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Ninja’s Leap To Mixer Scrambles Livestreaming But Don’t Cry For Twitch Just Yet

Ninja Tyler Blevins at Ninja Dojo in Red Bull pavilion at Lollapalooza Festival. It was his first day streaming on Mixer
Ninja livestreaming at Lollapalooza Festival on his first day working for Mixer

I’m not convinced that online gaming star Ninja’s sudden leap from Amazon-owned Twitch to Microsoft-owned Mixer will completely scramble livestreaming, though it’s definitely stirring up the burgeoning business.

Ninja (Tyler Blevins) announced Thursday that he had signed an exclusive deal to livestream with Mixer, leaving behind the 15 million followers he’d built up on Twitch for a newer and far less trafficked platform (though admittedly, one backed by one of the few companies even bigger than Amazon).

The deal took effect today, with Blevins livestreaming from the “Ninja Dojo” inside the pavilion of one of his other big sponsors, Red Bull, at the Lollapalooza Festival in Chicago.

Ninja Tyler Blevins standing and yelling by his gaming rig at Lollapalooza Festival 2019
Ninja by his gaming rig at Lollapalooza Festival 2019

Ninja’s move sent Mixer’s app soaring today to the top of the free app charts on Apple’s iTunes Store (Microsoft’s Minecraft occupied the top spot for paid games, a rare daily double for non-Apple companies).

And based on chat streams on Twitch yesterday for other Fortnite players, it was about all anyone could talk about. Among the questions: what about all the kids who had bought tickets for next month’s TwitchCon live event in San Diego, just so they could meet Ninja? Oh, well, San Diego is still a nice town to visit.

Blevins’ jump recalls the kind of OMG moment that happened 15 years ago, when Howard Stern confirmed he was leaving terrestrial radio for the satellite service Sirius (now Sirius/XM), or perhaps the eye-popping deals that more recently enticed showrunners Shonda Rhimes, Ryan Murphy and Kenya Barris to ditch Disney for Netflix.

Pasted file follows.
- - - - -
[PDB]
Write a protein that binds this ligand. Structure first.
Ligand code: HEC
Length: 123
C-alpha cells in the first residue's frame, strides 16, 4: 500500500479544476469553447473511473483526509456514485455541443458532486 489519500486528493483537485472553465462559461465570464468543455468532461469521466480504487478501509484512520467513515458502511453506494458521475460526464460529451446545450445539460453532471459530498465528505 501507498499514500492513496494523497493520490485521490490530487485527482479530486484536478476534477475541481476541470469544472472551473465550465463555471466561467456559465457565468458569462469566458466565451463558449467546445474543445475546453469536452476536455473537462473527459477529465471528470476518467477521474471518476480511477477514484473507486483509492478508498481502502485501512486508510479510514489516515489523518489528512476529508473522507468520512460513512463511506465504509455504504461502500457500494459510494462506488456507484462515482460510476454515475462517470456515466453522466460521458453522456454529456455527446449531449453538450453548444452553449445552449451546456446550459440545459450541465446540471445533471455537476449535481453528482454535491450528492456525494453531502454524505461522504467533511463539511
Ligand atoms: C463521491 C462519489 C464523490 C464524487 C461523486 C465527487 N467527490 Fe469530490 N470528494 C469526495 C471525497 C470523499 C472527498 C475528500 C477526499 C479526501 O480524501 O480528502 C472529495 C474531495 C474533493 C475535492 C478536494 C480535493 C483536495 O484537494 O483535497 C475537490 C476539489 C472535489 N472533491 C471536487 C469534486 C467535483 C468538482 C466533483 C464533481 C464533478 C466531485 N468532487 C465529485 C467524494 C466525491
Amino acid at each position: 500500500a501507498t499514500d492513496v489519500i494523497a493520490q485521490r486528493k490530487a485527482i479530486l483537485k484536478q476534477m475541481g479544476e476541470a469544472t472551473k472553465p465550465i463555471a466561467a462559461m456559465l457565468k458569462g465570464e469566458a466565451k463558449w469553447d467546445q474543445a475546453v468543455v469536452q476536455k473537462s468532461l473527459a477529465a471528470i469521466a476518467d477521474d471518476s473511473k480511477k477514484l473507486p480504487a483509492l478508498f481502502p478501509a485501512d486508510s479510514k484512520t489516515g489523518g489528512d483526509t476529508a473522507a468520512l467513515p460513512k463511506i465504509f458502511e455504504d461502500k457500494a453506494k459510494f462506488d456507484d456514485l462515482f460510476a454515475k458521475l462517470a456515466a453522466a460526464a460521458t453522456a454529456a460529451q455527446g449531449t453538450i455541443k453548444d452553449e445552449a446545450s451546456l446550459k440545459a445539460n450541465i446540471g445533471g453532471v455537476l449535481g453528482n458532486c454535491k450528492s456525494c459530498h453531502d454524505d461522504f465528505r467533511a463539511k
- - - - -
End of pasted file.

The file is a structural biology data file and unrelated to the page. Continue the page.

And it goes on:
Blevins’ deal almost certainly wasn’t in the nine-figure stratosphere those old-media stars extracted from slightly newer media platforms they have since helped legitimize. His representatives declined to detail terms of the deal, but did say it won’t affect his non-live output on YouTube, Instagram and Twitter, where he has a combined additional 41 million followers/subscribers.

A YouTube video of him announcing the move in a faux (and amusing) news conference, already has garnered more than 1.6 million views in a day.

From the Ninja “announcement” video of his move to Mixer

For his part, Blevins said it represents less a leap into the future than a bit of a return to his past as a pro gamer on one of Microsoft’s most important game titles.

“As I look at the next step in my career, achieving bigger goals in the gaming industry with Mixer will allow me to have the perfect balance of opportunities and success,” Blevins said in a release. “My roots as a gamer started with Halo, so working with Microsoft and coming over to Mixer felt like a natural next step. Capturing all the great moments in gaming and sharing in the wins (and losses) with a positive, community-focused environment that we can all be proud of – that’s why I’m here.”

But it’s still a huge move in a business that’s just getting started in a big way.

Twitch dominates the business, according to a recent study by StreamElements, which said it receives about three-fourths of all game live-streaming hours. Mixer, which launched two years ago, receives 3 percent.

As far as StreamElements CEO Doron Nir is concerned, Ninja’s jump is great for Mixer, but given Ninja’s less dominant position these days at Twitch, it’s unlikely to hurt the industry leader much. More generally, he said, the move may help elevate the entire industry’s visibility.